Federal lawmakers are again struggling to find consensus on a long-term transportation funding bill, with the current version set to expire on May 31. Another temporary patch is being considered, even as both parties continue to express the desire to pass a multi-year bill. This comes as Transportation Secretary Anthony Foxx continues to warn that temporary patches are not adequate solutions to keeping the Highway Trust Fund solvent. The uncertainty caused by Federal inaction may require states to delay, postpone or even cancel infrastructure projects.
In light of continued Congressional gridlock, many states are looking for their own transportation funding solutions. The 2015 legislative calendar has seen states introduce and debate funding proposals that raise vehicle fees, increase fuel and excise fuel taxes, and even dedicate a portion of marijuana taxes to the state transportation trust fund.
Iowa found early success this session, already passing a bill that garnered Governor Terry Branstad’s signature. The bill increases fuel taxes by ten cents-per-gallon and raises vehicle permit fees. These measures are projected to raise $215 million annually for roads and highways. The Des Moines Register broke down the math articulating how this will affect Iowans’ pocketbooks. The paper stated that “for a person who drives 15,000 miles a year in a vehicle that gets 25 miles-per-gallon, the higher fuel tax would cost an additional $60 annually, or an average of $5 a month.”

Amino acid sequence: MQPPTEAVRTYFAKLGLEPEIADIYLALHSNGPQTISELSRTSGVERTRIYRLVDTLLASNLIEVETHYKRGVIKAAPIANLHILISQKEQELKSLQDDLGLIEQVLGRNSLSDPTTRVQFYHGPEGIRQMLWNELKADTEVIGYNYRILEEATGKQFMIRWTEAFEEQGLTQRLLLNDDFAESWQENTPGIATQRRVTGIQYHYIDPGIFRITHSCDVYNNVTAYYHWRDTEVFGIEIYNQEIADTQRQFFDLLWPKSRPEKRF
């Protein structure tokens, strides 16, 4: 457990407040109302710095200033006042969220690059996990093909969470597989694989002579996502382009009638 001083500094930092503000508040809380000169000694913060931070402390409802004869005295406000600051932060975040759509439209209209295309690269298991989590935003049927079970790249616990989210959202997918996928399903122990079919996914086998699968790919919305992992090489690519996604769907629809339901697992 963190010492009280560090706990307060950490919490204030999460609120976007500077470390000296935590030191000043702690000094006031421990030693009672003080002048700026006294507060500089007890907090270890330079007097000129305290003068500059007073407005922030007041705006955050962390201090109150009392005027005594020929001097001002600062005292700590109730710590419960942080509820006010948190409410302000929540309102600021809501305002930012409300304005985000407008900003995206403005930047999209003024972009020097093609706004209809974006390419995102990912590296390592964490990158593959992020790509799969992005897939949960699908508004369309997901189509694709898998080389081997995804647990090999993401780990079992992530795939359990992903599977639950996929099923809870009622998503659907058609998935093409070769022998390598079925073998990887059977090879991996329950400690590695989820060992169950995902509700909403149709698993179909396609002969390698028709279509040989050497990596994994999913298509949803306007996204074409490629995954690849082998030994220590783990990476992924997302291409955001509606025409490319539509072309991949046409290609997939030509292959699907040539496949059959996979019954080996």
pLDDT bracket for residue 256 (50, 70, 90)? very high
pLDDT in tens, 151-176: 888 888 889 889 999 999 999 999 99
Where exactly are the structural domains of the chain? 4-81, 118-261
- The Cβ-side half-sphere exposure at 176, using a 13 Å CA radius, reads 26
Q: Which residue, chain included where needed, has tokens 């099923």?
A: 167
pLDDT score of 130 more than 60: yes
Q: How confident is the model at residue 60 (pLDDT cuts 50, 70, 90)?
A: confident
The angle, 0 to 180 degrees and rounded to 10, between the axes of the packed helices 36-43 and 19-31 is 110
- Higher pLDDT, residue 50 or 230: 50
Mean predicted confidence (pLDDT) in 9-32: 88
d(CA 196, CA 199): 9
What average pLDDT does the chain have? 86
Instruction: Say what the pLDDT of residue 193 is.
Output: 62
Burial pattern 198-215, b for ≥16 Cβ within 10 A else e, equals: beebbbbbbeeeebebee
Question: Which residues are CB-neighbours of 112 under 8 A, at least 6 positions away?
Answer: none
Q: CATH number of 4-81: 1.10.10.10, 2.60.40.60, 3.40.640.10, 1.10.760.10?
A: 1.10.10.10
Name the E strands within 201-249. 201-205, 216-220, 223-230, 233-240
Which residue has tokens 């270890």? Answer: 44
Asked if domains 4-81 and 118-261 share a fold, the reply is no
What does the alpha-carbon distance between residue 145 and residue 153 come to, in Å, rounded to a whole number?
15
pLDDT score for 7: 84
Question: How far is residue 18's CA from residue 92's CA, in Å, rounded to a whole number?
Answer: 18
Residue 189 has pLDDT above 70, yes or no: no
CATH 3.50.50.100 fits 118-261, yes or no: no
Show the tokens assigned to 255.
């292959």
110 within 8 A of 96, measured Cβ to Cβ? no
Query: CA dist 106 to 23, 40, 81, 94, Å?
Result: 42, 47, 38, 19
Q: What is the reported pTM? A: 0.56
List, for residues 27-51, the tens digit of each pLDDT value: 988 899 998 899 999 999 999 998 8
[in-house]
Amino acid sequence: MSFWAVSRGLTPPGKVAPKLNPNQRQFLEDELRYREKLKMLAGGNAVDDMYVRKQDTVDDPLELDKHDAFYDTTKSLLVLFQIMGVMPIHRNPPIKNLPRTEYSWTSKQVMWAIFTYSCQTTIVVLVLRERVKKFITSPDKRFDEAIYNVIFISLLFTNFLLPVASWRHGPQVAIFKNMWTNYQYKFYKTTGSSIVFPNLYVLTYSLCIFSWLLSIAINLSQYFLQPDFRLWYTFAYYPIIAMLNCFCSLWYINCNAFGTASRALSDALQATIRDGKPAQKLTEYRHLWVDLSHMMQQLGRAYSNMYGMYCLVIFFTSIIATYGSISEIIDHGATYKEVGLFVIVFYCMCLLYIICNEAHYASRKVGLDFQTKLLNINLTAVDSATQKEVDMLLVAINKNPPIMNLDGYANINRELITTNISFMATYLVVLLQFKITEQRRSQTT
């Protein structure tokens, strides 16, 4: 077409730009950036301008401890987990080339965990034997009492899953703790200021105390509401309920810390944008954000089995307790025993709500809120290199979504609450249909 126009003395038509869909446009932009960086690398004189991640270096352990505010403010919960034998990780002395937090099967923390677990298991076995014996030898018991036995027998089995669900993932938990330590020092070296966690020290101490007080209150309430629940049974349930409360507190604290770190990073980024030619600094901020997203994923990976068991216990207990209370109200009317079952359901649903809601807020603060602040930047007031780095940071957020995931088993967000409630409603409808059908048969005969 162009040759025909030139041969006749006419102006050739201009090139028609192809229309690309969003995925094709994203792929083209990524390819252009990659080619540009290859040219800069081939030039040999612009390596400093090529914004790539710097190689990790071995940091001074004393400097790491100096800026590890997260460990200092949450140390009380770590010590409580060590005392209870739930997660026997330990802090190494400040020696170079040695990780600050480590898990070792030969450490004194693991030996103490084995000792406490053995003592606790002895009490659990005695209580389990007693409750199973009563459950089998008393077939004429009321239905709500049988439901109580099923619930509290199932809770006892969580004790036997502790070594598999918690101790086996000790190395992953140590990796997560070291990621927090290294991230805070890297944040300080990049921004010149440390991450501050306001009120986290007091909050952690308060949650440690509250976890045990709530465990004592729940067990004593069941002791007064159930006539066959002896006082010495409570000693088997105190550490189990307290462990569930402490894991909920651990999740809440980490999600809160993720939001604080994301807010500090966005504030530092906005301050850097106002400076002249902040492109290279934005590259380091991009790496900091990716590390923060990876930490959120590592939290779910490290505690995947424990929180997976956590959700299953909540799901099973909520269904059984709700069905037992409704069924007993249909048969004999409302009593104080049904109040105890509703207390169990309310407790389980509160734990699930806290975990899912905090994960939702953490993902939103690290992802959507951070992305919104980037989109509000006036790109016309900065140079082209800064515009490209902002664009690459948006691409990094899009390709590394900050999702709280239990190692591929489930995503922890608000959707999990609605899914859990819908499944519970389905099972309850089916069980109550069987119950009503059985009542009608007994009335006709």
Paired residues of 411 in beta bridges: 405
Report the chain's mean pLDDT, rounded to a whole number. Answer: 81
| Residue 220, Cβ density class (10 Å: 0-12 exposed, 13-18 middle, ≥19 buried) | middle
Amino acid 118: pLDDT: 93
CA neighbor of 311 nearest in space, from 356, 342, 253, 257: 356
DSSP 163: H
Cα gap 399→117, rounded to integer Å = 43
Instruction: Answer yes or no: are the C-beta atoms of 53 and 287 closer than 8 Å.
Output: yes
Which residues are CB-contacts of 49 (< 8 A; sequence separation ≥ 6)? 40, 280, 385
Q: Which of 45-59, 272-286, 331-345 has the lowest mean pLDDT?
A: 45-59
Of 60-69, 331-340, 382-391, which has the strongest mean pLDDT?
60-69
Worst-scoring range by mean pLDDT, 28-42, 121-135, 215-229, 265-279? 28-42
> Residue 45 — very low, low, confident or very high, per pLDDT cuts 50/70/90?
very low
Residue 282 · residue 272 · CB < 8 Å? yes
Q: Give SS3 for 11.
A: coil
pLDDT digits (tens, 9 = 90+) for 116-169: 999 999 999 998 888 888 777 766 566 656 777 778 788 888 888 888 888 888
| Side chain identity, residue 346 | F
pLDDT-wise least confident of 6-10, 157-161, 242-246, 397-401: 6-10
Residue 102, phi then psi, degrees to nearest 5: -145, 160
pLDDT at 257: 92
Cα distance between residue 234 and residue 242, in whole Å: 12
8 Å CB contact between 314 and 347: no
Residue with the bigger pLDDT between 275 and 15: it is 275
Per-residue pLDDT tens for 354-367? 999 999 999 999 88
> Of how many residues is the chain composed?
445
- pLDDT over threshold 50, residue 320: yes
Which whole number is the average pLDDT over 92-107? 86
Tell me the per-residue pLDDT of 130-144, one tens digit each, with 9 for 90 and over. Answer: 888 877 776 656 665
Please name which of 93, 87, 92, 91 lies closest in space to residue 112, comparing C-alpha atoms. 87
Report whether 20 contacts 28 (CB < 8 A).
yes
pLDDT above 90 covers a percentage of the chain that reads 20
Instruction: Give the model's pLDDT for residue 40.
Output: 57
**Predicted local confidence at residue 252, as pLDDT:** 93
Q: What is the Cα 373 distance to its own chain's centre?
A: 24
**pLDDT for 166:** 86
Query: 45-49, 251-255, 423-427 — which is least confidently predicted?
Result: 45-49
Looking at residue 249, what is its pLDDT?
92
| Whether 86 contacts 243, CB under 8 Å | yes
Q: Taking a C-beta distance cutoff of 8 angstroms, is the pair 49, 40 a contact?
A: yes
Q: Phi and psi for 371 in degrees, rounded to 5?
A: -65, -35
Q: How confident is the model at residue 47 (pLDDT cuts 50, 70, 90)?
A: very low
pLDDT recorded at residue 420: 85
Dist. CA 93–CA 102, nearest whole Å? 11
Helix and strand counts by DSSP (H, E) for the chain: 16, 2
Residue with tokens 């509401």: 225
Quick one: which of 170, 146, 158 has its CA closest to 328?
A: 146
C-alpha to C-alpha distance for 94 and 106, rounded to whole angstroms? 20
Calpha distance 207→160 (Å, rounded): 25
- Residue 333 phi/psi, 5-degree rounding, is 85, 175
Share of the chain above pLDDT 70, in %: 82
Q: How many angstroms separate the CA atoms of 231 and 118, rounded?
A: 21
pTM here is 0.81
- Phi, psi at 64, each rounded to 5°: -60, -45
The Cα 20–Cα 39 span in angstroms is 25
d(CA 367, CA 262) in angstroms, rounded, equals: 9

South Dakota passed its own funding fix with a comprehensive bill. One measure increases the fuel tax on gas and diesel by six cents-per-gallon, raising an estimated $40.5 million annually. Another measure increases the state's motor vehicle excise tax by one percent, which will generate $27-$30 million annually. Additional measures include increasing license plate fees by 20 percent and allowing counties and townships to impose additional property taxes on roads and bridges. This effort will produce more than $80 million for road and bridge funding in the first year alone.
Some state lawmakers are introducing unique proposals for raising money outside of the usual taxes and fees imposed on fuels and vehicles. New Jersey State Senator Nicholas P Scutari introduced a bill that seeks to legalize marijuana as a way to help pay for transportation projects. The bill would levy a sales tax on marijuana purchases, and dedicate 70 percent of the revenue to the Transportation Trust Fund Account. The funds are to be used for construction of transportation projects during the fiscal year in which the funds are received. While this particular bill appears to be at a standstill, it highlights the fact that creative and alternative solutions are being pursued at the state level. As transportation planners anxiously await a long-term bill from the U.S. Congress before the looming deadline, states continue to churn out – and actually pass – legislation designed to enhance our transportation infrastructure.